Dead and Buried

Photo by Michelle Griffiths
It's late spring in the UK and everywhere we see the miracle of buried seeds shooting green and producing flowers and more seed. The bright yellow dandelions around our way are particularly numerous this year. After a long cold winter they are a wonderful sight, even if I don't want too many in the garden.


Yesterday, with many others, I took part in a Good Friday procession, following the cross along a high street. In the place where we assembled on a warm sunny April morning, we found ourselves in a seed cloud. Countless tiny seeds carried on the air were falling on us and around us down to the ground. They appeared to be dandelion seeds - I can't be sure. I remembered what Jesus had said about another seed,
"...unless a grain of wheat falls into the earth and dies, it remains just a single grain; but it it dies, it bears much fruit." (John 12: 24 NRSV)
For Christians, today, Holy Saturday, is a day to confront the reality of Jesus' death and burial, the grief and despair of his disciples. It's a day of waiting - like that dreadful time after a burial or cremation when you don't know what you are supposed to do next, or how you can live without the one you have lost. I blogged about this aspect of today in another post last year Emptiness and Sorrow.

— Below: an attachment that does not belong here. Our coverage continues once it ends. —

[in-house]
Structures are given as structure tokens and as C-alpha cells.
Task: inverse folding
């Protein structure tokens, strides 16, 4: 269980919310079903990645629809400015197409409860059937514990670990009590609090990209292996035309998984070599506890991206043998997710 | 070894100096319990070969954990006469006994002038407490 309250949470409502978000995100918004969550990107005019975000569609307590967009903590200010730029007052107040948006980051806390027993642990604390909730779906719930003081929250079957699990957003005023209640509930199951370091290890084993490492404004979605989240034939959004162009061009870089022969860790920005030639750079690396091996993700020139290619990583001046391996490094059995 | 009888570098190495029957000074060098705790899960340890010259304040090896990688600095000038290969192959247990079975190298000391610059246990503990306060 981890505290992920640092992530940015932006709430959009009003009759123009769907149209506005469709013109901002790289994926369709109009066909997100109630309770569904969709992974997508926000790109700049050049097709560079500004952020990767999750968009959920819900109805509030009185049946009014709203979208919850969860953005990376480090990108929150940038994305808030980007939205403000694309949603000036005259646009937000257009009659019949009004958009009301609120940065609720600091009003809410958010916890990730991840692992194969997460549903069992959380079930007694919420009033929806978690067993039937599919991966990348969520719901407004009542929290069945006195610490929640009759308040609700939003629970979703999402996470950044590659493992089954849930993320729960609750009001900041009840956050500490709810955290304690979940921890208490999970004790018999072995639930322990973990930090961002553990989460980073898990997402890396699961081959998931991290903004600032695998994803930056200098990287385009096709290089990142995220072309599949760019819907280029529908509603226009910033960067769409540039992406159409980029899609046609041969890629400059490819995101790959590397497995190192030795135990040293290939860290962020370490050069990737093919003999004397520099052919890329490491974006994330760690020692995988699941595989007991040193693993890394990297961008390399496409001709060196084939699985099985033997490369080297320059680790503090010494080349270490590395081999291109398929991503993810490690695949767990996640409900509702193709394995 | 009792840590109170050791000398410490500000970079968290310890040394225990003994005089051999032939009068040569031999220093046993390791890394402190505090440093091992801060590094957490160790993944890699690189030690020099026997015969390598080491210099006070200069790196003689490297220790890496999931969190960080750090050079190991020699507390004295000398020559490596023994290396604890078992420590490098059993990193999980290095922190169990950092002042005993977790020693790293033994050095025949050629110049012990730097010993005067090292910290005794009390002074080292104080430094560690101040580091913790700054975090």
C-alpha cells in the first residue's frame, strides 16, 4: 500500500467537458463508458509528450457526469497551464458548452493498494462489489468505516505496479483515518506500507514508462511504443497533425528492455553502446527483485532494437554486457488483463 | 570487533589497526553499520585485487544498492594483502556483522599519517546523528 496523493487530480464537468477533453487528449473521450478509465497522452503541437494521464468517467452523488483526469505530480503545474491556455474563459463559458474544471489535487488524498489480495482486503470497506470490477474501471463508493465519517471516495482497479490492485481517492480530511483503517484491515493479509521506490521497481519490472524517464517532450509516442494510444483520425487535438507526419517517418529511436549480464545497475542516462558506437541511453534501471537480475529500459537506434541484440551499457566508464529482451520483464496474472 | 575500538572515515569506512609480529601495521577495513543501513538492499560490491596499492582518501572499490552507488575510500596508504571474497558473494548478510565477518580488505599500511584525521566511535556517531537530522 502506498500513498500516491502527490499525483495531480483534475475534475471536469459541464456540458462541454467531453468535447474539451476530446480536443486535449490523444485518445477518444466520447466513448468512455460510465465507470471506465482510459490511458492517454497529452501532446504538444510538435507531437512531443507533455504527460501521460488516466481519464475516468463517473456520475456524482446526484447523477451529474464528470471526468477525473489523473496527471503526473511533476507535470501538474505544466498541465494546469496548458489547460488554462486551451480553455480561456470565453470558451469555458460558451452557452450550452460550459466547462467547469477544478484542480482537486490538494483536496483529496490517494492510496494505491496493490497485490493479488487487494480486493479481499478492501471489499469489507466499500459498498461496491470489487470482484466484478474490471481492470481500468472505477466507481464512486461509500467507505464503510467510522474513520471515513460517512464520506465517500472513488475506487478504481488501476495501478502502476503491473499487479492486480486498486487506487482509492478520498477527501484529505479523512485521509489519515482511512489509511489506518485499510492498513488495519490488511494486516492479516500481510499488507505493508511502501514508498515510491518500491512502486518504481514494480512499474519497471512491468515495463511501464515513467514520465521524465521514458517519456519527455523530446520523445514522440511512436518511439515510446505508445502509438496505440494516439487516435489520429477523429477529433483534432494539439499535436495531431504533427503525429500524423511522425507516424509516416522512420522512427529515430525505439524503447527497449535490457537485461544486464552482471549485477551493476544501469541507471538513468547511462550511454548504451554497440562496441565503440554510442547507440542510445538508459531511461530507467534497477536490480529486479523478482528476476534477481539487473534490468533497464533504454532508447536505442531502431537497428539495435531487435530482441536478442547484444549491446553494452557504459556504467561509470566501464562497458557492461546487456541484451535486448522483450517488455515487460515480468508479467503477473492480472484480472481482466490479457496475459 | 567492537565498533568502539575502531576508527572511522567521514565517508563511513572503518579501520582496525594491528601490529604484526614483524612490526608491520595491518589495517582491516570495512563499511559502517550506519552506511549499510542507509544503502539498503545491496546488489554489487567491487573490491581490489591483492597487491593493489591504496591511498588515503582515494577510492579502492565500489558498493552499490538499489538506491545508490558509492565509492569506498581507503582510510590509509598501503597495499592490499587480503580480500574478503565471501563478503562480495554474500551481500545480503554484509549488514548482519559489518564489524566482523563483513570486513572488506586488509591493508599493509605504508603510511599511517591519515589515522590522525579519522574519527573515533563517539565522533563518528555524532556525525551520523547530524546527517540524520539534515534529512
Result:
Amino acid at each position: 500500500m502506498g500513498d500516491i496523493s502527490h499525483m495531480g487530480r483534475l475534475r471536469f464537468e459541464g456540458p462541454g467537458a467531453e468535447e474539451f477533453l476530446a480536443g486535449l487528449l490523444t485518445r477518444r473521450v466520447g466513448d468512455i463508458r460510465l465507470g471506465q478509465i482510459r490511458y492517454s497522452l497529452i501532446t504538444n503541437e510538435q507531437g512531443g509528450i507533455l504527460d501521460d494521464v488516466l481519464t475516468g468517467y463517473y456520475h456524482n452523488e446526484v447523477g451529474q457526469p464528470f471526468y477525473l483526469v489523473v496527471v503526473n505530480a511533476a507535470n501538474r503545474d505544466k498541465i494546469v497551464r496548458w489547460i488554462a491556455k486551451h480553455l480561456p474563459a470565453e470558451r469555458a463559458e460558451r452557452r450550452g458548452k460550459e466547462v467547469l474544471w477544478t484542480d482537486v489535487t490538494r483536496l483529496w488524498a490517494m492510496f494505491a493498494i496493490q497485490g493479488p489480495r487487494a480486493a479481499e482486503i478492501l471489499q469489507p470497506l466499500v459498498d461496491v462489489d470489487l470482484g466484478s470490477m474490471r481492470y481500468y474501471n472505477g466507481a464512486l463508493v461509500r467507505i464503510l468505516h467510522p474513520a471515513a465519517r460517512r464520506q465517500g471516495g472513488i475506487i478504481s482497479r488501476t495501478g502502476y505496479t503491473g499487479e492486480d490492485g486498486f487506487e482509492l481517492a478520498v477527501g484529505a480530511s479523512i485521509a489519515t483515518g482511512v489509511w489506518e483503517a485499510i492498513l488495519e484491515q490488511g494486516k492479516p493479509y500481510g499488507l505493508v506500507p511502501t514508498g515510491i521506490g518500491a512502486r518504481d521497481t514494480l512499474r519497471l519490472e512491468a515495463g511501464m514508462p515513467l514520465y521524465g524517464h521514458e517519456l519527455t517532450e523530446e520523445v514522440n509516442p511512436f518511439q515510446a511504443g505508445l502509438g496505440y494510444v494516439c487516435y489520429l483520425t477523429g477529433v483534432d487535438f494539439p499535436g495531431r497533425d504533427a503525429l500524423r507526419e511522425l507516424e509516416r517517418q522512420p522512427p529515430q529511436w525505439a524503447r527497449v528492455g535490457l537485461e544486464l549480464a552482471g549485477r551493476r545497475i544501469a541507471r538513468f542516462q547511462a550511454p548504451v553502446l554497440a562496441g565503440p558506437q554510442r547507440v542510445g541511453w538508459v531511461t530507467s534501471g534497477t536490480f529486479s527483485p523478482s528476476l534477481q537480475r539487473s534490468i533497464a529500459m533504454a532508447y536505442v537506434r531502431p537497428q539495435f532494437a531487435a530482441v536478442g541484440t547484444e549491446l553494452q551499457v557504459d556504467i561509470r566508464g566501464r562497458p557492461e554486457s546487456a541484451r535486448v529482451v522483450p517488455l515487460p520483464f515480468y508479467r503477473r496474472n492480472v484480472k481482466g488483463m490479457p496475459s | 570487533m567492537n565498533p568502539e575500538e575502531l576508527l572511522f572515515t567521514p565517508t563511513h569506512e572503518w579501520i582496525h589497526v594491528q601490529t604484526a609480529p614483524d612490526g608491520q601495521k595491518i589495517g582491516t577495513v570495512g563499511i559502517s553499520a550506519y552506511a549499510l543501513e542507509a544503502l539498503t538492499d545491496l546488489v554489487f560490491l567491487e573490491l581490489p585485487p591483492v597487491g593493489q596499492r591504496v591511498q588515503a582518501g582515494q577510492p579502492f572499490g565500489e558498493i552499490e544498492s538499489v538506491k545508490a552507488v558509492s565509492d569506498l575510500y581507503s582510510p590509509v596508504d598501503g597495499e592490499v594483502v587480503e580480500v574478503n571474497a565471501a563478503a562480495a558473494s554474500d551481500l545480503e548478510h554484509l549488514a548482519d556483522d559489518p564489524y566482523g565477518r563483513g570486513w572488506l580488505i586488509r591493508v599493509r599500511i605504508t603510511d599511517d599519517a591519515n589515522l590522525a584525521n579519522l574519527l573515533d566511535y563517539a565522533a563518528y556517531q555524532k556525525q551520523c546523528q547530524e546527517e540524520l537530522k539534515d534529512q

Jesus laid in tomb, by Michael O'Brien


John's gospel describes Jesus' burial like this:
"...Joseph of Arimathea, who was a disciple of Jesus, though a secret one because of his fear of the Jews, asked Pilate to let him take away the body of Jesus. Pilate gave him permission; so he came and removed his body. Nicodemus, who had at first come to Jesus by night, also came, bringing a mixture of myrrh and aloes, weighing about a hundred pounds. They took the body of Jesus and wrapped it with the spices in linen cloths, according to the burial custom of the Jews. Now there was a garden in the place where he was cruicified, and in the garden there was a new tomb in which no one had ever been laid. And so, because it was the Jewish day of Preparation, and the tomb was nearby, they laid Jesus there."  (John 19: 38 -end NRSV)


As we remember Jesus in the tomb, we do this in hope as we wait for the great Easter celebration of the Resurrection. May this seed of hope take root in us on this day of waiting and produce that fruit which God wills.


Tomorrow is Easter Sunday and a new day!


This post is the 46th and last in a daily series of Lenten and Holy Week reflections based on a Bible Reading from the Common Worship Lectionary of the Church of England. This one is based on John 19: 38-end.

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